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Pfizer’s Zyvox and Antidepressants May Be Fatal Combination

July 26 (Bloomberg) -- Pfizer Inc.’s Zyvox antibiotic can cause potentially fatal central nervous system reactions in patients who also take antidepressants that increase levels of the brain chemical serotonin, U.S. regulators said.

Pfizer’s Zoloft and Pristiq, Eli Lilly & Co.’s Cymbalta and GlaxoSmithKline Plc’s Paxil and Wellbutrin are among 29 psychiatric drugs that patients may need to stop taking temporarily when they require treatment with Zyvox, the Food and Drug Administration said today in a drug safety communication.

Zyvox, used to treat some types of drug-resistant bacteria including MSRA or methicillin-related Staphylococcus aureus, skin infections and nosocomial pneumonia, can interact with the antidepressants to cause a toxic reaction known as serotonin syndrome in which excess amounts of the chemical build up in the brain, according to the FDA.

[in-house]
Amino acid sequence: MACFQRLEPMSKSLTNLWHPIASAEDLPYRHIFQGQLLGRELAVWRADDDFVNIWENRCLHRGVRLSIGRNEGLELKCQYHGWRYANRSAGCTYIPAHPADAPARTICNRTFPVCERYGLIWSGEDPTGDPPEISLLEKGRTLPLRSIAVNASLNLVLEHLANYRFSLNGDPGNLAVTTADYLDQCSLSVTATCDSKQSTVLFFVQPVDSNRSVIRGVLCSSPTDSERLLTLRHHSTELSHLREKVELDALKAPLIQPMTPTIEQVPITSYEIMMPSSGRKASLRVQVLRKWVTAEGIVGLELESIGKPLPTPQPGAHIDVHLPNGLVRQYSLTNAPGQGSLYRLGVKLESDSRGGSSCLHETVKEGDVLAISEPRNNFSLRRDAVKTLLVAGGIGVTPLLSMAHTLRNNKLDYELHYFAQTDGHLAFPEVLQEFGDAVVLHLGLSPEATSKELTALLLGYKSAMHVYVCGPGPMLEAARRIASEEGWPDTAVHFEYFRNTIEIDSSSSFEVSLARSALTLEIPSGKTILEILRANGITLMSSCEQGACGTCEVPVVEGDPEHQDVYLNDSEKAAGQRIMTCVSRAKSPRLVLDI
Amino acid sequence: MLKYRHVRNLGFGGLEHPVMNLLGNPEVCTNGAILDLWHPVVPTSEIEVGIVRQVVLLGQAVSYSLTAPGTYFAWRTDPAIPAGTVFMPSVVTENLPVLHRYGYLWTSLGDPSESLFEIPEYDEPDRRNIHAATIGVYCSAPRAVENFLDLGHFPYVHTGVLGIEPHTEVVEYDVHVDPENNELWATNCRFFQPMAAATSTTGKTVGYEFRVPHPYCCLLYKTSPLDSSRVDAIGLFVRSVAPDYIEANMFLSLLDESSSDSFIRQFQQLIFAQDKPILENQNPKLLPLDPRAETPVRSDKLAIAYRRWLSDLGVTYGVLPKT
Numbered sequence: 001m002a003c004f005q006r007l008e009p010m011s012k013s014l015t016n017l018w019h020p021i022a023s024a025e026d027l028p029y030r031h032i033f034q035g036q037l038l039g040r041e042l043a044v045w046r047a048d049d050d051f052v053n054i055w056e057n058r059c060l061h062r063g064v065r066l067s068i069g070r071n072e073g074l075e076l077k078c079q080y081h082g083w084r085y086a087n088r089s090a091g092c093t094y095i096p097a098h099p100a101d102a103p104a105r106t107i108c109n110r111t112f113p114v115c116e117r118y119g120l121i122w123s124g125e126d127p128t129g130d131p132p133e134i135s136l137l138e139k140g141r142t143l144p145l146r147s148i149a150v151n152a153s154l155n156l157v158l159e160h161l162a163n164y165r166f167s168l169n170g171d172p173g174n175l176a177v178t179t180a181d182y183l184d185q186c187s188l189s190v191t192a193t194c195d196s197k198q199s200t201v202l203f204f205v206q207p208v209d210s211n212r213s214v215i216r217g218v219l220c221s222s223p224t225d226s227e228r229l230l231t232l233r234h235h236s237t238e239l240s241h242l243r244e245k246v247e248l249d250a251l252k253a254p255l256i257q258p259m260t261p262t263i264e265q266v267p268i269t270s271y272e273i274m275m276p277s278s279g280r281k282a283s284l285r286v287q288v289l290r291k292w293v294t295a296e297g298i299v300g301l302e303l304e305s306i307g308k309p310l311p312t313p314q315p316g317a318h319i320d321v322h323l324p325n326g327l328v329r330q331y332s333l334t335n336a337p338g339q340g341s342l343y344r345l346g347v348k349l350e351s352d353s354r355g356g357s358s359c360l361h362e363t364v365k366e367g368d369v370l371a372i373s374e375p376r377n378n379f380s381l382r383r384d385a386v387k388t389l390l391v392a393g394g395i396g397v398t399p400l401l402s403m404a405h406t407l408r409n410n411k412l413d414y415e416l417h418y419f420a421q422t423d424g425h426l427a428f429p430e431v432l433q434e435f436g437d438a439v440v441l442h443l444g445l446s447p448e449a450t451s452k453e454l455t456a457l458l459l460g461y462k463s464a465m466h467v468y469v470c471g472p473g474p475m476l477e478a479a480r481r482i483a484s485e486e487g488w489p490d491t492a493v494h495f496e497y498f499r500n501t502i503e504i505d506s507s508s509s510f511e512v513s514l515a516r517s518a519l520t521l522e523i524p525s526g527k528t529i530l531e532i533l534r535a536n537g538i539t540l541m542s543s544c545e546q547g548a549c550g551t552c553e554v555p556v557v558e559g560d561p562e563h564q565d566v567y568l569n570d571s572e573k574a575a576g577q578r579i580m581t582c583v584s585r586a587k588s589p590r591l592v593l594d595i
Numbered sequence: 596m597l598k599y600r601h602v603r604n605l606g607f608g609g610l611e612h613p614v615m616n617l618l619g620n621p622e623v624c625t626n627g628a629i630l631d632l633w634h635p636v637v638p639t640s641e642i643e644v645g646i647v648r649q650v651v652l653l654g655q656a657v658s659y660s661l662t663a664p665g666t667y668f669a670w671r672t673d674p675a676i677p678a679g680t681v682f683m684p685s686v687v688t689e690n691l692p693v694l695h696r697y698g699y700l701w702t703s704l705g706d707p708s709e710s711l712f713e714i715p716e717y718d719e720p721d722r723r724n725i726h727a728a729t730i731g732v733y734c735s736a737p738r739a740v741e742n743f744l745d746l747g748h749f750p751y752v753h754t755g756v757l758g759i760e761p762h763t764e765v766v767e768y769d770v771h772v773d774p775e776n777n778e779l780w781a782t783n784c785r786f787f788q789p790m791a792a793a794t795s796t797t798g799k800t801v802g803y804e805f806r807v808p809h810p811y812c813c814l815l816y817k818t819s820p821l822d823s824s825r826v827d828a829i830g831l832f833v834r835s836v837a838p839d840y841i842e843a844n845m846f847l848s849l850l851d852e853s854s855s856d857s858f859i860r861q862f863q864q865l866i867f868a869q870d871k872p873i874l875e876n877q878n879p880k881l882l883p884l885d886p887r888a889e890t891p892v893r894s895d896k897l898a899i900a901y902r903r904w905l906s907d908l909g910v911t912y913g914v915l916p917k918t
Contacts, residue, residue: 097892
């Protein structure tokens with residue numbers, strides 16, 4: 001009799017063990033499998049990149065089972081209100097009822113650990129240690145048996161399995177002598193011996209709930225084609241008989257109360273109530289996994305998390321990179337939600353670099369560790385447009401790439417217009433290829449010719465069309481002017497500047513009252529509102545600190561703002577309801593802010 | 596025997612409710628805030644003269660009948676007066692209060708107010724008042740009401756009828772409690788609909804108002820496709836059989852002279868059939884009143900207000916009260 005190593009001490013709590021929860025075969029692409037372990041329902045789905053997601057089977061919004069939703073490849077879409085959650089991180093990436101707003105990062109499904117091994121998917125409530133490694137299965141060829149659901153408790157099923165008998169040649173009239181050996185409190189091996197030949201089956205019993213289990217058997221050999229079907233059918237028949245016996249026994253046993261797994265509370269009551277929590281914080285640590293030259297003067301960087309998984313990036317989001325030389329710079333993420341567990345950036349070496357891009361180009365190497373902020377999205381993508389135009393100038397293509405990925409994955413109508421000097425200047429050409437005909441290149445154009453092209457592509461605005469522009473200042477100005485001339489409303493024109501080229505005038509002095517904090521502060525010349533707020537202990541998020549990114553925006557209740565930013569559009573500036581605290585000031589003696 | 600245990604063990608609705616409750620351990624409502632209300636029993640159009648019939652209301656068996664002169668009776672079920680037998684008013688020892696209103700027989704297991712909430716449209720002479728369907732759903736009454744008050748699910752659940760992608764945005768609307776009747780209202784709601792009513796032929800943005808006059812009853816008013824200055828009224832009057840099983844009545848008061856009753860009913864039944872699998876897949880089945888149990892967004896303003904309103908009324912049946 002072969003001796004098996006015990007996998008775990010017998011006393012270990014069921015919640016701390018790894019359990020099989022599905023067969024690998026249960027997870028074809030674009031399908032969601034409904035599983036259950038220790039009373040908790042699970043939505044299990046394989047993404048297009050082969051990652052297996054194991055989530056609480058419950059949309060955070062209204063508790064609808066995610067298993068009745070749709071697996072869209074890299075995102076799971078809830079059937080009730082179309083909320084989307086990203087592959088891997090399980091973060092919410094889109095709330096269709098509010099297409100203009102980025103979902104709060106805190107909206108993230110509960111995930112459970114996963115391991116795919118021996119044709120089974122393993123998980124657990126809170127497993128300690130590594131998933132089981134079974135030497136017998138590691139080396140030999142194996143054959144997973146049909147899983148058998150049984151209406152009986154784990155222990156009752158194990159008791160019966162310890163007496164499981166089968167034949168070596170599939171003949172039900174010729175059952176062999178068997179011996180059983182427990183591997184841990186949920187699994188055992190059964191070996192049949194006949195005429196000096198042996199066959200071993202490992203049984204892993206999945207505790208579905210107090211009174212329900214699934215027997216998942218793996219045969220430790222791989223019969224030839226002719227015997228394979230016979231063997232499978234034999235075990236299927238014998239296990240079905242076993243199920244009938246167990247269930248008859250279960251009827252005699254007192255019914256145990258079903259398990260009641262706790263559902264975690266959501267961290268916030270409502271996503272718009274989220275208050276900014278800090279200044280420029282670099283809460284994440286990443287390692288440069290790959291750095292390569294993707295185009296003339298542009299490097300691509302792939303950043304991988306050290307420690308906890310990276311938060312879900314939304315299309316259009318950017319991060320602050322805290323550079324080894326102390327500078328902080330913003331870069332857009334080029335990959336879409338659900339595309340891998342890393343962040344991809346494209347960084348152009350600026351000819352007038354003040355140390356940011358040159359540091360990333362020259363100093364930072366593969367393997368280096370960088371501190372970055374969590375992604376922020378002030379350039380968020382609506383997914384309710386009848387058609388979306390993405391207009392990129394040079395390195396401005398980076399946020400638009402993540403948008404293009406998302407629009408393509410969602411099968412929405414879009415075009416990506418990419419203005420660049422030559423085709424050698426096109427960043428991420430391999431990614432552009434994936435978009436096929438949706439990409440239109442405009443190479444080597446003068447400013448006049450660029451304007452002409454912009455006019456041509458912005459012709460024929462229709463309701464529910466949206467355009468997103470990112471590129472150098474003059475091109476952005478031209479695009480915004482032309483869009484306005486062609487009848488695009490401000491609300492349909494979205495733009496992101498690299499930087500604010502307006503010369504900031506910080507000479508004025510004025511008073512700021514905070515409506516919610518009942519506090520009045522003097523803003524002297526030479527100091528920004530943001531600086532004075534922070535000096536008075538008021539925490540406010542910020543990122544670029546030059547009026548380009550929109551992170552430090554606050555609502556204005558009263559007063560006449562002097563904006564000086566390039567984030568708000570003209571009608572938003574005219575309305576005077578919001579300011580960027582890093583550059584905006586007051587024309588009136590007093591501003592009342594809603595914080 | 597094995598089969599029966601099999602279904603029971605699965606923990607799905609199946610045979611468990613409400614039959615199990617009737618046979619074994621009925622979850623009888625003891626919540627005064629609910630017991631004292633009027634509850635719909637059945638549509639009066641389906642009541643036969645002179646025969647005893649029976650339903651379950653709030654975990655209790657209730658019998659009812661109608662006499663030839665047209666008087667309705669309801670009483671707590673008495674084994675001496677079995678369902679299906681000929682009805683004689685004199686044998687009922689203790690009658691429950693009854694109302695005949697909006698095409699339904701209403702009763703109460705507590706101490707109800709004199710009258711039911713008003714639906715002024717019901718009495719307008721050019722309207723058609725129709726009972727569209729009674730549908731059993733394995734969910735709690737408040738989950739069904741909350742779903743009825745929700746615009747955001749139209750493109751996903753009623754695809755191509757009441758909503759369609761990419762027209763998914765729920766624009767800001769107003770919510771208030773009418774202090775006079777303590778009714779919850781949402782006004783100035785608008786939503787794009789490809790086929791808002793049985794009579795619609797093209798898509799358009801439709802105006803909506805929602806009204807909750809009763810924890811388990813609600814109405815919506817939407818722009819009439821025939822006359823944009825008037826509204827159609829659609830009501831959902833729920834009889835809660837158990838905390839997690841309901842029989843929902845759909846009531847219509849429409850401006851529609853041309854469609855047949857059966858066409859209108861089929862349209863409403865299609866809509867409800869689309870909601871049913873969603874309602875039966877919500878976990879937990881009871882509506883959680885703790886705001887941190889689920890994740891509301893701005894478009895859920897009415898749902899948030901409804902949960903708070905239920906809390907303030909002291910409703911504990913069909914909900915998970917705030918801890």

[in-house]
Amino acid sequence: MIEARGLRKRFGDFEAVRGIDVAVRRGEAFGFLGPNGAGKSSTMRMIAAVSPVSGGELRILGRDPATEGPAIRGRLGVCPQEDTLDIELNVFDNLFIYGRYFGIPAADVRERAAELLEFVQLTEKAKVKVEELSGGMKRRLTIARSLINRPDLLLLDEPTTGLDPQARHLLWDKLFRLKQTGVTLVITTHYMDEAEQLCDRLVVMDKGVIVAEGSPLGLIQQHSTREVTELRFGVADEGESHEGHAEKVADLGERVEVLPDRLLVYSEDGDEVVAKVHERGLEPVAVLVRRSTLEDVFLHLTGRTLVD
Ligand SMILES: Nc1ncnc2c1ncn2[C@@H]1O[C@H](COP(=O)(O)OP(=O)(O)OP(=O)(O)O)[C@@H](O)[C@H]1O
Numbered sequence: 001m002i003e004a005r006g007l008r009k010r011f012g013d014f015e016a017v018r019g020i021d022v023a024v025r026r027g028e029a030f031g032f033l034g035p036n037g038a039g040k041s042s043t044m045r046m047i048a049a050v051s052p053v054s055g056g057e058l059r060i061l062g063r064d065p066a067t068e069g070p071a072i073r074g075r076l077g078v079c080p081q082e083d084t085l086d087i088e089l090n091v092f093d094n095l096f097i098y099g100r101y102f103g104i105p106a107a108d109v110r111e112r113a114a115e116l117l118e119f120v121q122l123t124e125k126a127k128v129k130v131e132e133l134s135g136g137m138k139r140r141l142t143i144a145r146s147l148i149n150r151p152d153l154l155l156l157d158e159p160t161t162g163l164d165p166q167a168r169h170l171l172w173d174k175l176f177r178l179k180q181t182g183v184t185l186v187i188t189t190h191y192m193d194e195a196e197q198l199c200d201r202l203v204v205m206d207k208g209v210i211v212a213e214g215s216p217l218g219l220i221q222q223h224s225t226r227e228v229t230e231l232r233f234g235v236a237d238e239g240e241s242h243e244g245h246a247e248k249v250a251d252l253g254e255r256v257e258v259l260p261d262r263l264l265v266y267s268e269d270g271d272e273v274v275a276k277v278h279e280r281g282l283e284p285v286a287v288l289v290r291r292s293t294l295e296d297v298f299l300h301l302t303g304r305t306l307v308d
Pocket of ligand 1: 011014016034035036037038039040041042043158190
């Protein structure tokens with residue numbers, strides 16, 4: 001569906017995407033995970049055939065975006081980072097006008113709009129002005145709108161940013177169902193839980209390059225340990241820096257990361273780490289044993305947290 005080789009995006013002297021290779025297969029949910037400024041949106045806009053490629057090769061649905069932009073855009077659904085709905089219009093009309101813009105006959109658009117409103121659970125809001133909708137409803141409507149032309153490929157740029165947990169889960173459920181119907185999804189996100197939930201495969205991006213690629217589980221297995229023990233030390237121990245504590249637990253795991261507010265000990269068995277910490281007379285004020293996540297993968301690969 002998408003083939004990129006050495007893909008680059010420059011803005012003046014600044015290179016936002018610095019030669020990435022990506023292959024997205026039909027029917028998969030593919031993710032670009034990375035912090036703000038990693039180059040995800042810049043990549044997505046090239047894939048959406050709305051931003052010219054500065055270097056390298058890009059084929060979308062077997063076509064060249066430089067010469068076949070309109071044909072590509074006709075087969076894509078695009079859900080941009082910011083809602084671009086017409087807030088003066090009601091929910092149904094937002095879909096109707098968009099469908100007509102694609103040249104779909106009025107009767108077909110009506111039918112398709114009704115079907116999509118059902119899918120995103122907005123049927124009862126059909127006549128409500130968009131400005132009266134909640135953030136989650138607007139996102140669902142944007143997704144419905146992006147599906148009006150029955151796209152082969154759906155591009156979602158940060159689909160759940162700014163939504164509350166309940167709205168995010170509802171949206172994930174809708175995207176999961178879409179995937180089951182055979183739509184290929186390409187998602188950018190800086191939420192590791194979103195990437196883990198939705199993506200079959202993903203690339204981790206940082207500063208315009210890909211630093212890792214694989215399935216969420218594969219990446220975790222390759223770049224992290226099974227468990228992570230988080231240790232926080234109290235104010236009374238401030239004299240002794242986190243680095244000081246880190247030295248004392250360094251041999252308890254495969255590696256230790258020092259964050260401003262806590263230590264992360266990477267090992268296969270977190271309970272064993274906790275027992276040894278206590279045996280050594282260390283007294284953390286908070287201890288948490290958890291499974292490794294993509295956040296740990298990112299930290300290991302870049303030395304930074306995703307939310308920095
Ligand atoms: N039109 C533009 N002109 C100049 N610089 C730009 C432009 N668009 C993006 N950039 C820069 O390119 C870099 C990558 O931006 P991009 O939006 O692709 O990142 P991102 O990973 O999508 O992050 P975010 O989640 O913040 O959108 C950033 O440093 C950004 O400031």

Some deaths among patients who suffered such a reaction were reported to the FDA’s adverse-event database, the agency said. Pfizer, based in New York, reported $1.18 billion in revenue from Zyvox last year.

Excess Serotonin

Confusion, memory issues, hyperactivity, excessive sweating and muscle twitching are among the symptoms of excess serotonin levels. Patients taking psychiatric drugs shouldn’t stop using them without first consulting a health-care professional, the FDA said.

The current U.S. package insert for Zyvox “already includes prominent information regarding the potential for serotonergic interactions, the risk of serotonin syndrome and the need for careful observation of patients prescribed Zyvox who are on such agents,” Kristen Neese, a Pfizer spokeswoman, said today in an e-mail. The company hasn’t identified any new safety signals related to those drug interactions, she said.

“In an ongoing commitment to ensure patient safety, Pfizer continually monitors all relevant safety information including information pertaining to the concomitant use of Zyvox and serotonergic antidepressant medications,” Neese said.

To contact the reporter on this story: Molly Peterson in Washington at mpeterson9@bloomberg.net

To contact the editor responsible for this story: Adriel Bettelheim at abettelheim@bloomberg.net

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